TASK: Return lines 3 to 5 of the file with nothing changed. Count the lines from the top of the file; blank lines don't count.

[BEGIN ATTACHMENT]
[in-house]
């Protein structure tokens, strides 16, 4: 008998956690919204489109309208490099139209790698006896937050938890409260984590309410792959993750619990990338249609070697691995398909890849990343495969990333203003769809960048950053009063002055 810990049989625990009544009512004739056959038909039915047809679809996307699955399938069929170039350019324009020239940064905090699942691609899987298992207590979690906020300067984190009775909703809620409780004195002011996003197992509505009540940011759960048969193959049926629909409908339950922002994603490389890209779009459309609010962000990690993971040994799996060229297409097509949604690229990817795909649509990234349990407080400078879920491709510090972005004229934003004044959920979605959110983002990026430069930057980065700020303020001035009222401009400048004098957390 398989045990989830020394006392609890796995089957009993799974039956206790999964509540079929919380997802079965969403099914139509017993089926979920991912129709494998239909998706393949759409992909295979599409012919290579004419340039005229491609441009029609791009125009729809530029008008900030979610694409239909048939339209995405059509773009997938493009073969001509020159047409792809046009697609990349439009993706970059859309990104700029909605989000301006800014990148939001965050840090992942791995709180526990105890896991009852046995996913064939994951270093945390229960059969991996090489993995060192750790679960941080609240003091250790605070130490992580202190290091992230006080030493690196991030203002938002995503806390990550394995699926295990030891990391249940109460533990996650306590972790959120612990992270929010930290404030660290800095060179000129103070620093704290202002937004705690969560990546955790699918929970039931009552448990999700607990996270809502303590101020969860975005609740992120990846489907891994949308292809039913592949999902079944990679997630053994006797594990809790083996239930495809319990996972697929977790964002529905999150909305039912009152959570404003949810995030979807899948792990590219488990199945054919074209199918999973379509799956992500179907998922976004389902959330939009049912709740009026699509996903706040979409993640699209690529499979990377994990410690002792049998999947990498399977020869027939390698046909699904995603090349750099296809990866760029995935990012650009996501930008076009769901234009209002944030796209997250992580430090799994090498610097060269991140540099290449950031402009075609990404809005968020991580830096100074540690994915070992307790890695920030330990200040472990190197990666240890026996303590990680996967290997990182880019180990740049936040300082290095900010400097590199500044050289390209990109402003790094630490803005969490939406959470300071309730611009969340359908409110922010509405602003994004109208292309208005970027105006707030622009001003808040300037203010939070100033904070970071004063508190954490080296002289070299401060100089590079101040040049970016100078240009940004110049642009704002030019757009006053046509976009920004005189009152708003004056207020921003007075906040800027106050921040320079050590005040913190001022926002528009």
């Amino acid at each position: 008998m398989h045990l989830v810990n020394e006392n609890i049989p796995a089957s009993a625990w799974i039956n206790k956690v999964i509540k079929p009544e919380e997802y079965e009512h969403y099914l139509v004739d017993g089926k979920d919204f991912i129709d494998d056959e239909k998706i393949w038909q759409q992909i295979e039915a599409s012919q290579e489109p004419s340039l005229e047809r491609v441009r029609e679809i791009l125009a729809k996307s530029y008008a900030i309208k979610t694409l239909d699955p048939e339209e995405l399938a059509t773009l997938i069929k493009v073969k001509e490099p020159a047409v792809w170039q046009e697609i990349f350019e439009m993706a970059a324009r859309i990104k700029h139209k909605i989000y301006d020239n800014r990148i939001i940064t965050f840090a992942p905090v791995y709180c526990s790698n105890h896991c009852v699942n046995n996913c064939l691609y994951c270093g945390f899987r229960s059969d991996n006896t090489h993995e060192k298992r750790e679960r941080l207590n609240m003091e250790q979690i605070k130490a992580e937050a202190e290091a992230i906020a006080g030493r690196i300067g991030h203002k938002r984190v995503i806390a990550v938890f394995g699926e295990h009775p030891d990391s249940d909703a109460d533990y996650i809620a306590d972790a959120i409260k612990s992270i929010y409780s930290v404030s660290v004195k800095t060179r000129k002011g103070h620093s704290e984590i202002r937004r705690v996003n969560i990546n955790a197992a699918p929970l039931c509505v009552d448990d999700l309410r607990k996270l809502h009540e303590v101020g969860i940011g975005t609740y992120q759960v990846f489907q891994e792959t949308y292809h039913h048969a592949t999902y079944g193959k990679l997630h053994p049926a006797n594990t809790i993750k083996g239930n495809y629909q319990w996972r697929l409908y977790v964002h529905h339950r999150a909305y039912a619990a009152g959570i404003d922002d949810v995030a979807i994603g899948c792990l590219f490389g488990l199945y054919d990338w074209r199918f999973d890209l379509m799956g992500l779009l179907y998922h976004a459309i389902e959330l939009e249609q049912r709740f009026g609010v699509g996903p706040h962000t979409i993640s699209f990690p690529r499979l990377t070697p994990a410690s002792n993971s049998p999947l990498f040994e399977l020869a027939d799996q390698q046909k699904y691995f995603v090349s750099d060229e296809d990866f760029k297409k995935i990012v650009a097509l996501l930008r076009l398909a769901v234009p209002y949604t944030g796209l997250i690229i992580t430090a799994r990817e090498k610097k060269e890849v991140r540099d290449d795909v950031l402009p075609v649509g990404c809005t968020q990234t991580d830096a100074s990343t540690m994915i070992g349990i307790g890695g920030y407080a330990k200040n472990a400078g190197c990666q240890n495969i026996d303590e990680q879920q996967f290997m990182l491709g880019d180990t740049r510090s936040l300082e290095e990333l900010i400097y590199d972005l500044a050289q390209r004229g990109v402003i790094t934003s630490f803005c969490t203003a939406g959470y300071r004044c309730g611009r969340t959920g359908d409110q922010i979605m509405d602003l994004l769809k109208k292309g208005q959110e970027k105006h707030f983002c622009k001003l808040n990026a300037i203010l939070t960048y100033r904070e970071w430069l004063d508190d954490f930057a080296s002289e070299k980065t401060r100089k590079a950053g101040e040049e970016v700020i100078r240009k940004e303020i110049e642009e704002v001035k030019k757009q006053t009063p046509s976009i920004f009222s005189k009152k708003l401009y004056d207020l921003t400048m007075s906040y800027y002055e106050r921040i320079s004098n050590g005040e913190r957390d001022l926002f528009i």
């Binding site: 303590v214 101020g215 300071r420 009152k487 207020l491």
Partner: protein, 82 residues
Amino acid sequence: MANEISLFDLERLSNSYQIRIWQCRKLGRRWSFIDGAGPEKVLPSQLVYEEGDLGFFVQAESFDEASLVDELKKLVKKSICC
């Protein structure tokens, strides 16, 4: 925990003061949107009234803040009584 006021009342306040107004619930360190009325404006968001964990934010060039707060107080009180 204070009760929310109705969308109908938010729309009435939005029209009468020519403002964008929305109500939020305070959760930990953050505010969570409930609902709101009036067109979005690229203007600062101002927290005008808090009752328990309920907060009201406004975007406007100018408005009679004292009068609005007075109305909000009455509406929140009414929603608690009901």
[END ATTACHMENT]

């Amino acid at each position: 008998m398989h045990l989830v810990n020394e006392n609890i049989p796995a089957s009993a625990w799974i039956n206790k956690v999964i509540k079929p009544e919380e997802y079965e009512h969403y099914l139509v004739d017993g089926k979920d919204f991912i129709d494998d056959e239909k998706i393949w038909q759409q992909i295979e039915a599409s012919q290579e489109p004419s340039l005229e047809r491609v441009r029609e679809i791009l125009a729809k996307s530029y008008a900030i309208k979610t694409l239909d699955p048939e339209e995405l399938a059509t773009l997938i069929k493009v073969k001509e490099p020159a047409v792809w170039q046009e697609i990349f350019e439009m993706a970059a324009r859309i990104k700029h139209k909605i989000y301006d020239n800014r990148i939001i940064t965050f840090a992942p905090v791995y709180c526990s790698n105890h896991c009852v699942n046995n996913c064939l691609y994951c270093g945390f899987r229960s059969d991996n006896t090489h993995e060192k298992r750790e679960r941080l207590n609240m003091e250790q979690i605070k130490a992580e937050a202190e290091a992230i906020a006080g030493r690196i300067g991030h203002k938002r984190v995503i806390a990550v938890f394995g699926e295990h009775p030891d990391s249940d909703a109460d533990y996650i809620a306590d972790a959120i409260k612990s992270i929010y409780s930290v404030s660290v004195k800095t060179r000129k002011g103070h620093s704290e984590i202002r937004r705690v996003n969560i990546n955790a197992a699918p929970l039931c509505v009552d448990d999700l309410r607990k996270l809502h009540e303590v101020g969860i940011g975005t609740y992120q759960v990846f489907q891994e792959t949308y292809h039913h048969a592949t999902y079944g193959k990679l997630h053994p049926a006797n594990t809790i993750k083996g239930n495809y629909q319990w996972r697929l409908y977790v964002h529905h339950r999150a909305y039912a619990a009152g959570i404003d922002d949810v995030a979807i994603g899948c792990l590219f490389g488990l199945y054919d990338w074209r199918f999973d890209l379509m799956g992500l779009l179907y998922h976004a459309i389902e959330l939009e249609q049912r709740f009026g609010v699509g996903p706040h962000t979409i993640s699209f990690p690529r499979l990377t070697p994990a410690s002792n993971s049998p999947l990498f040994e399977l020869a027939d799996q390698q046909k699904y691995f995603v090349s750099d060229e296809d990866f760029k297409k995935i990012v650009a097509l996501l930008r076009l398909a769901v234009p209002y949604t944030g796209l997250i690229i992580t430090a799994r990817e090498k610097k060269e890849v991140r540099d290449d795909v950031l402009p075609v649509g990404c809005t968020q990234t991580d830096a100074s990343t540690m994915i070992g349990i307790g890695g920030y407080a330990k200040n472990a400078g190197c990666q240890n495969i026996d303590e990680q879920q996967f290997m990182l491709g880019d180990t740049r510090s936040l300082e290095e990333l900010i400097y590199d972005l500044a050289q390209r004229g990109v402003i790094t934003s630490f803005c969490t203003a939406g959470y300071r004044c309730g611009r969340t959920g359908d409110q922010i979605m509405d602003l994004l769809k109208k292309g208005q959110e970027k105006h707030f983002c622009k001003l808040n990026a300037i203010l939070t960048y100033r904070e970071w430069l004063d508190d954490f930057a080296s002289e070299k980065t401060r100089k590079a950053g101040e040049e970016v700020i100078r240009k940004e303020i110049e642009e704002v001035k030019k757009q006053t009063p046509s976009i920004f009222s005189k009152k708003l401009y004056d207020l921003t400048m007075s906040y800027y002055e106050r921040i320079s004098n050590g005040e913190r957390d001022l926002f528009i």
């Binding site: 303590v214 101020g215 300071r420 009152k487 207020l491």
Partner: protein, 82 residues